I spent Wednesday and Thursday of this week at the Middle States conference in DC. In the course of two days, I had several “you are THIS old” moments.
- Needing to use the flashlight on my phone to read a menu
- Being greeted by the daughter of someone I used to work with
- Sharing memories of Gary Hart’s presidential campaigns
It sneaks up on you.
The conference itself was more useful than I remember previous years’ being. It’s the only major higher ed conference I attend regularly that isn’t devoted specifically to community colleges, so there aren’t as many familiar faces at this one. And some issues sound different across sectors. (“That’s worth spending some endowment money.” “&*(%$&#^”)
Still, as with the dog that didn’t bark, I was struck by some of the things I didn’t hear. For all of the talk of student success, for instance, I didn’t hear a single mention from the stage of achievement gaps. Admittedly, I only attended one panel at a time, but still. There was plenty of talk of graduation rates, but none at all of achievement gaps or student basic needs. That wouldn’t have been true at a gathering of community college folk.
I’m convinced that panels at conferences like these should either include examples of failure, or at the very least, include a designated critic. That’s not nearly as radical as it may sound. At APSA conferences, for instance, it was common practice to include a “discussant” on each panel. That person’s job was to get the discussion going, often by bringing up a polite but relevant challenge. Practitioner conferences generally don’t do that, but they should; the discussions could become both more nuanced and more useful. There’s an art to doing the discussant role well, but it can add needed context to the discussion. Without one, you’re just left to hope that people in the audience will ask the right questions. Someone whose job it is to enable a deeper dive could add real value.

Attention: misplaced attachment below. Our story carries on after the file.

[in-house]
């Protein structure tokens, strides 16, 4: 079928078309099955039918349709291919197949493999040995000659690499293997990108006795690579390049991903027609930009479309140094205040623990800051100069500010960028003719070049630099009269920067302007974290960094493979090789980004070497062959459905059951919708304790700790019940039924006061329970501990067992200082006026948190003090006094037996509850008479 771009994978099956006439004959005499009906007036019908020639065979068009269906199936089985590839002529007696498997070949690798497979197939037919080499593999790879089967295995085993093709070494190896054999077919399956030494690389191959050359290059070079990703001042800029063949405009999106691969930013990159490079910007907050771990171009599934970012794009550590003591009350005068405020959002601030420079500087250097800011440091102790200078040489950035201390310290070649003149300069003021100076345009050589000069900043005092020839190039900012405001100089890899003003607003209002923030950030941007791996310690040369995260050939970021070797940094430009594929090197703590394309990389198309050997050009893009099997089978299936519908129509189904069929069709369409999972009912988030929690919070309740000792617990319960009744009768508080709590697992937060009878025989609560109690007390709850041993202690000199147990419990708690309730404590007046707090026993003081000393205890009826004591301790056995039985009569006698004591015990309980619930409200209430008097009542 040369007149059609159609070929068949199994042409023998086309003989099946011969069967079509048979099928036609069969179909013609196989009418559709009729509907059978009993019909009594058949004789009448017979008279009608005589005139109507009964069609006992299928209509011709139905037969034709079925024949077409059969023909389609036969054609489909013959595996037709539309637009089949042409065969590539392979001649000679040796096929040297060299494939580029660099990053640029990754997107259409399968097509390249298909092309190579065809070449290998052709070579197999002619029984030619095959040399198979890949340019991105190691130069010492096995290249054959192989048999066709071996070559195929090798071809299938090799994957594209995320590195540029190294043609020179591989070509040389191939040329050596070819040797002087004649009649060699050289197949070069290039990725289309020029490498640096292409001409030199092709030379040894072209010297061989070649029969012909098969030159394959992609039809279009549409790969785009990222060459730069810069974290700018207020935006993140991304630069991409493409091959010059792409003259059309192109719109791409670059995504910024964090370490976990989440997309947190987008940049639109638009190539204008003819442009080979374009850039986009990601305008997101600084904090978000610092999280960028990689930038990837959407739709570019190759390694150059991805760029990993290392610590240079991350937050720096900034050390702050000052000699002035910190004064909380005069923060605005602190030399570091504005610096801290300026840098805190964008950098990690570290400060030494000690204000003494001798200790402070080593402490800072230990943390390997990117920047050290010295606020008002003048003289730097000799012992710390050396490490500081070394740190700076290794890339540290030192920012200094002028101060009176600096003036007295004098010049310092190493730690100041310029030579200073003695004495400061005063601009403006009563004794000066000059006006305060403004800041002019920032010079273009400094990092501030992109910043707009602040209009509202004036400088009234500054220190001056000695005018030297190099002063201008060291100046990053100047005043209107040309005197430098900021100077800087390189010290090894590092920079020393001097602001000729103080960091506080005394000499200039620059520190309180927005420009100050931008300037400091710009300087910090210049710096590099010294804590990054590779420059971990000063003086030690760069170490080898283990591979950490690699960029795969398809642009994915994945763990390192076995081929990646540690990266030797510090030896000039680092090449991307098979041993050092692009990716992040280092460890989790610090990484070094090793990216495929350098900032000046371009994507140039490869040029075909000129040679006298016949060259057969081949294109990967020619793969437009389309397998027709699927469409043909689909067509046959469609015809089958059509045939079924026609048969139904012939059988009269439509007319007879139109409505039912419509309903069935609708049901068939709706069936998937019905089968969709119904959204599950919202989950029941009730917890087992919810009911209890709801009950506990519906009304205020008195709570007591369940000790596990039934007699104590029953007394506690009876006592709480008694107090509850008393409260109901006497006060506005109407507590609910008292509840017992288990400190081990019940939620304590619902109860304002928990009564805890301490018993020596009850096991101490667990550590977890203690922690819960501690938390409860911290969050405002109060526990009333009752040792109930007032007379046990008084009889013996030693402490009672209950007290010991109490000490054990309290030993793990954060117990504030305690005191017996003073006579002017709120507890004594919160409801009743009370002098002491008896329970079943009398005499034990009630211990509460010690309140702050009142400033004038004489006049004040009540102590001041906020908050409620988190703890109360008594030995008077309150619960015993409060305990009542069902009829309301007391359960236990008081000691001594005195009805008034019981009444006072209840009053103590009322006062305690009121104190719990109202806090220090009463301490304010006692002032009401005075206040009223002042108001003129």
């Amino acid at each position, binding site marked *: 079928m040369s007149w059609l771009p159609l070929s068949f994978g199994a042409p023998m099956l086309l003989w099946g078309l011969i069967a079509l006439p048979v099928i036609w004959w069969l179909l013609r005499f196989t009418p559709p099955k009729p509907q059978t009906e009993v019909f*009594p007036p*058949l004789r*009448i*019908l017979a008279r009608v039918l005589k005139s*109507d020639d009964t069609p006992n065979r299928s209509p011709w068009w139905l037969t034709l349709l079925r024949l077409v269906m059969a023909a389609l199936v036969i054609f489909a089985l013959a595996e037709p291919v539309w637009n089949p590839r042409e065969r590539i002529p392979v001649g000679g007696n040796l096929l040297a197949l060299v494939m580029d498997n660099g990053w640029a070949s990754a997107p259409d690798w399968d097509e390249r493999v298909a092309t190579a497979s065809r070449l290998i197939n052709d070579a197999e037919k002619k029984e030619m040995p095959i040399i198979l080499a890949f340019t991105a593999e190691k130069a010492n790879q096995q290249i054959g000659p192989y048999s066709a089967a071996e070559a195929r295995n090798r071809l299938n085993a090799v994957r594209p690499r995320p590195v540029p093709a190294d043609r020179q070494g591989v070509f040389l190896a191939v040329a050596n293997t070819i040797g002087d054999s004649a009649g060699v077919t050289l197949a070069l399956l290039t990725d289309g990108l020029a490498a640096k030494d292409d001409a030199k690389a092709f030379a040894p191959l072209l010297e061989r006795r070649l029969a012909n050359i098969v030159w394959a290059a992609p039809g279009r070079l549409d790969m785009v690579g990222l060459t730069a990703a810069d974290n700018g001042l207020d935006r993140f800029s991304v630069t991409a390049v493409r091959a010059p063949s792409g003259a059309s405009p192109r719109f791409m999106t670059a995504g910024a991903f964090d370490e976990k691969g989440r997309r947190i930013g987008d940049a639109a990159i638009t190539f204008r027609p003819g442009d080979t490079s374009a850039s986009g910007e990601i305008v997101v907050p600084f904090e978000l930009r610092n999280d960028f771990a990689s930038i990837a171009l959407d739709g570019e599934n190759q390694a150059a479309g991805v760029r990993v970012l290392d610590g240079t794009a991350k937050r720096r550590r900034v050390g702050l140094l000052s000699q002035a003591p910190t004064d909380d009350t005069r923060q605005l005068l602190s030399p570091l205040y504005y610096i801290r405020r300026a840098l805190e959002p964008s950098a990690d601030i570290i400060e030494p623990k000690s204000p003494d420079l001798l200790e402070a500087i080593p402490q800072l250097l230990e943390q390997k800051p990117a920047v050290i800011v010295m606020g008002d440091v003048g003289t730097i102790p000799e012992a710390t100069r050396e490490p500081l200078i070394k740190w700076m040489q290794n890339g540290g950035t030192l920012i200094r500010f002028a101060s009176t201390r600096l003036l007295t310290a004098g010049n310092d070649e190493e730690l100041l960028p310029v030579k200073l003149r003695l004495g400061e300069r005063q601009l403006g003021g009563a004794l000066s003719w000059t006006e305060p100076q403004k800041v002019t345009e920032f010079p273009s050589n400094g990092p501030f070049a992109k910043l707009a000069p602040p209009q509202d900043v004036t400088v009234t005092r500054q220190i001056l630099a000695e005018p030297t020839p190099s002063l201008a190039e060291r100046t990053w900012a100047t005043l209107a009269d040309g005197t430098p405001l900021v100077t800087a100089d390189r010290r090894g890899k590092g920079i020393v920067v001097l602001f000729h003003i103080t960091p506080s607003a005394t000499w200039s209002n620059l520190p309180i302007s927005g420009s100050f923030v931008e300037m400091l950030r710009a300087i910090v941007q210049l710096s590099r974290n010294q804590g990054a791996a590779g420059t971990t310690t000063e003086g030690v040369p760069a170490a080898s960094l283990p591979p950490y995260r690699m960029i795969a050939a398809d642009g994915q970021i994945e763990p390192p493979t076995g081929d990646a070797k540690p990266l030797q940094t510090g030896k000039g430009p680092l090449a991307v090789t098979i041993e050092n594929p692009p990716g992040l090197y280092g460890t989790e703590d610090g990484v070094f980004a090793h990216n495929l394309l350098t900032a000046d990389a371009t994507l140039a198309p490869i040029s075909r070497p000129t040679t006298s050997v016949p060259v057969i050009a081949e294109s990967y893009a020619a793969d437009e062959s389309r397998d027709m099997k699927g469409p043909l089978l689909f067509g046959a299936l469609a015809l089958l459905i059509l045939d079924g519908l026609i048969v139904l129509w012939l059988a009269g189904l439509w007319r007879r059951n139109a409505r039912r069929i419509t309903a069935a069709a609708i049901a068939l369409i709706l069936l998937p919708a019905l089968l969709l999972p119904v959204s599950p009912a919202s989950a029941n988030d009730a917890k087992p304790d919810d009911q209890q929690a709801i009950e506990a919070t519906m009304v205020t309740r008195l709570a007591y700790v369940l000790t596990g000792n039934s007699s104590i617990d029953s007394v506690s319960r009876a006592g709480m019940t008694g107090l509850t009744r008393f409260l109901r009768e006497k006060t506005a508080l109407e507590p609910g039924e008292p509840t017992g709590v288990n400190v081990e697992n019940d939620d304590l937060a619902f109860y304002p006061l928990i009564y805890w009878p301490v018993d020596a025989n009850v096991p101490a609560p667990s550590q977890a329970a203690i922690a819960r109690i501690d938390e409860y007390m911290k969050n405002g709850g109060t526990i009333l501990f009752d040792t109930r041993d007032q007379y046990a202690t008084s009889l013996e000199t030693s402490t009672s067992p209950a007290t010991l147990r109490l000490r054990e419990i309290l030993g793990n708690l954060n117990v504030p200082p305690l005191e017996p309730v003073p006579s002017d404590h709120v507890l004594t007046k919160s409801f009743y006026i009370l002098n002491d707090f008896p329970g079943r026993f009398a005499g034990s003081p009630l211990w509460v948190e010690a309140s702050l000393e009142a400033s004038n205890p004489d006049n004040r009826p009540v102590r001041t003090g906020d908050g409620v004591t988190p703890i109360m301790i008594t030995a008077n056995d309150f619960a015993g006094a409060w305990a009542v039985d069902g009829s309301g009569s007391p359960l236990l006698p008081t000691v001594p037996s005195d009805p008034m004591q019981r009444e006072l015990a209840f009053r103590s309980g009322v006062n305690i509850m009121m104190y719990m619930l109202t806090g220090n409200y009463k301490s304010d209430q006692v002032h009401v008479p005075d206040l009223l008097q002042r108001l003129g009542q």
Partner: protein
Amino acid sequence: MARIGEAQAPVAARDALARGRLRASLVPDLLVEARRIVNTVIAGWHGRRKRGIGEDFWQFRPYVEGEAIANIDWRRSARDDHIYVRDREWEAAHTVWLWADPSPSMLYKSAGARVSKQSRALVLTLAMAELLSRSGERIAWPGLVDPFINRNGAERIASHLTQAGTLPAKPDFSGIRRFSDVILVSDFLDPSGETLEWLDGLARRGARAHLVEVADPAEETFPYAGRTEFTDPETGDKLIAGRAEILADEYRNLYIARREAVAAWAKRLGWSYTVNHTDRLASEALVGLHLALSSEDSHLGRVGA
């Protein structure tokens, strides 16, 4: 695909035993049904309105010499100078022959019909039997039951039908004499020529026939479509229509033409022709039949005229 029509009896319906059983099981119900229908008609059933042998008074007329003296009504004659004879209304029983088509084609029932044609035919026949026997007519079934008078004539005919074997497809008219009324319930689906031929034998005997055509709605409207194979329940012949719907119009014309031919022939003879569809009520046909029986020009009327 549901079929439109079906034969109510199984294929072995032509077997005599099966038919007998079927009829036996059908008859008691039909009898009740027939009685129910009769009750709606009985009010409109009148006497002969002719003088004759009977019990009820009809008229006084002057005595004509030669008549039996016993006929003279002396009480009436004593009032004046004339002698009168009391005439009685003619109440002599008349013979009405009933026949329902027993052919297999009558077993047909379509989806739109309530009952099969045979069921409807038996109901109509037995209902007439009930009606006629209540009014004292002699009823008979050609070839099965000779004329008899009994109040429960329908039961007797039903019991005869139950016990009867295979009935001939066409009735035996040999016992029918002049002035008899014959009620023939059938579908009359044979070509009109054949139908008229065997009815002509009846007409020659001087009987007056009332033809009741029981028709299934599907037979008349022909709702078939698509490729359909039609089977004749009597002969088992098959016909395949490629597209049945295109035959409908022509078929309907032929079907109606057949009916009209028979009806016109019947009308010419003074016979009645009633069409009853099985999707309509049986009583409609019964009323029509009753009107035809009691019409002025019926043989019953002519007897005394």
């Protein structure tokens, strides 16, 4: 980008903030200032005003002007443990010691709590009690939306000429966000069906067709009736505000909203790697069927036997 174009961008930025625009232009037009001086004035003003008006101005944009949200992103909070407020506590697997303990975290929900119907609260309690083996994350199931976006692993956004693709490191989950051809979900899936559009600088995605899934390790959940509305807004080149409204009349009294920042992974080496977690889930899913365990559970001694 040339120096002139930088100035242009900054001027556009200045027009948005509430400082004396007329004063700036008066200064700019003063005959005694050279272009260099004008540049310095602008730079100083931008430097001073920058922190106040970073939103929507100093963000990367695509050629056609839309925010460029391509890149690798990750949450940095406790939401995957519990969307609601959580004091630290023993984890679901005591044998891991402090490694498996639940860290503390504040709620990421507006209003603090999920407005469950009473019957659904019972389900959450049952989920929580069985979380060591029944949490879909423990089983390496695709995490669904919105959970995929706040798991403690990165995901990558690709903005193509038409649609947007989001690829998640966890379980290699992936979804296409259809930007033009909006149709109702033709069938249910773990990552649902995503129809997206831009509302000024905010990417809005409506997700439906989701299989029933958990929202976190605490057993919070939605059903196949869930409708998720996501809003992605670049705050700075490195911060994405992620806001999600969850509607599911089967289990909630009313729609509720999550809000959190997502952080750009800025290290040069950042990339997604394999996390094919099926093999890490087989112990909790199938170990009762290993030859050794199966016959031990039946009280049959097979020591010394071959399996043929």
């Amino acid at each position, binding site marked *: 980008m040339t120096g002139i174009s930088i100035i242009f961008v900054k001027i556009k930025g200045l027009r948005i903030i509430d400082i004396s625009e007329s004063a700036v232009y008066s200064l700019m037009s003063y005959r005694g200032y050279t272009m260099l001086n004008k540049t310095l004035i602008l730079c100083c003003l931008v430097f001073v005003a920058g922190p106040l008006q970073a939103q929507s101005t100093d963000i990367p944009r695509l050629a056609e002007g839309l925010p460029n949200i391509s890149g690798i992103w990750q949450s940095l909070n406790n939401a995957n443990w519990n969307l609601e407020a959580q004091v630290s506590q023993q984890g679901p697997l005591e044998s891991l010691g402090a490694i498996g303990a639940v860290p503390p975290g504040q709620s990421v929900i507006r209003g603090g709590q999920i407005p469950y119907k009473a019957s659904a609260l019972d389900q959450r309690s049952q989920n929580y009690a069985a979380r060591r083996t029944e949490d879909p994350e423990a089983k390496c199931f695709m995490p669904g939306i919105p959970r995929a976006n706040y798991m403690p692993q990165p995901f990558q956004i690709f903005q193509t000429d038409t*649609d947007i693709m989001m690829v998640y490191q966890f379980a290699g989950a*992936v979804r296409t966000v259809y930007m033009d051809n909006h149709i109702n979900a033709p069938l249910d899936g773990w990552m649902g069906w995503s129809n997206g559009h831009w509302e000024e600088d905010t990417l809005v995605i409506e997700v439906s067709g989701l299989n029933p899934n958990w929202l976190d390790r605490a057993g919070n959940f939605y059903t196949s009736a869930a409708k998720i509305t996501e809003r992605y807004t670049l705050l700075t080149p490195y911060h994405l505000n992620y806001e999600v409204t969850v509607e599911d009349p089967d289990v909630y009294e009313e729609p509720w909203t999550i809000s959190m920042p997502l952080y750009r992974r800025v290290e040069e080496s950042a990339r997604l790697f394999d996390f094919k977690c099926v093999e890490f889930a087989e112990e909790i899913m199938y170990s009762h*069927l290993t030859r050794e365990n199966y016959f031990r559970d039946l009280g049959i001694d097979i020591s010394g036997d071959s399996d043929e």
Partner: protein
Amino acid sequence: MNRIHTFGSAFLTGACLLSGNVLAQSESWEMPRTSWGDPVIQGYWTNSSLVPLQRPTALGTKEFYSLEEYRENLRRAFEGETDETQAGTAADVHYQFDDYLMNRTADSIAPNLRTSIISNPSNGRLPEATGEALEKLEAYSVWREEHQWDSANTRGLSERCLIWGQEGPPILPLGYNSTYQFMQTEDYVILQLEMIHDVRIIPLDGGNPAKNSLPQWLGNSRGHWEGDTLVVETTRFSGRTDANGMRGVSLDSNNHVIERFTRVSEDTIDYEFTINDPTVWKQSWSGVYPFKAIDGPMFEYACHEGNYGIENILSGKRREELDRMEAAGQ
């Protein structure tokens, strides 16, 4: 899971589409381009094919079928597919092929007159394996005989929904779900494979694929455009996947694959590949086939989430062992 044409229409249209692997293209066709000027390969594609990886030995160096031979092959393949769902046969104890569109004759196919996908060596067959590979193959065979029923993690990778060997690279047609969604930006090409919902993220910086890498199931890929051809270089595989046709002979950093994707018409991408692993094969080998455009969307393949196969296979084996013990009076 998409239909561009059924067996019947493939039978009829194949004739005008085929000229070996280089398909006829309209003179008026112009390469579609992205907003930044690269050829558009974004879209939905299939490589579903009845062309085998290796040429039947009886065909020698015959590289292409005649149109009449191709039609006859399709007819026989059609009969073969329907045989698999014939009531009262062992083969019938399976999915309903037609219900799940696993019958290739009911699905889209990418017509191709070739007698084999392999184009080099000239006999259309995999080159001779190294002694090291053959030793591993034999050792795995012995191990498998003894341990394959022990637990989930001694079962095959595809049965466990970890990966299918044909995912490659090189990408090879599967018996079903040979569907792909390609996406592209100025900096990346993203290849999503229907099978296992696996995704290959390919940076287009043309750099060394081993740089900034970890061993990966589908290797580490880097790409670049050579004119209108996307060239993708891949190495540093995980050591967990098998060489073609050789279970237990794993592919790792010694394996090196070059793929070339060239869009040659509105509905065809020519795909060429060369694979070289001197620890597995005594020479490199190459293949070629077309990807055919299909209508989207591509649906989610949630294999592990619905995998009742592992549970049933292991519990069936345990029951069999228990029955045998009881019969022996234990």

No matter how much pressure is applied, I will not admit how much time it took me to master the MetroCard machine at Union Station. I’ll just say that it was enough that I don’t want to admit it, and that I owe some flustered commuters behind me an apology. In my defense, you’d think “buy new card” would be an option. I’m just sayin’.
Friday will be the celebration of life for Rich Sorrell. It’s one of the best reasons I’ve ever seen to cut a conference short...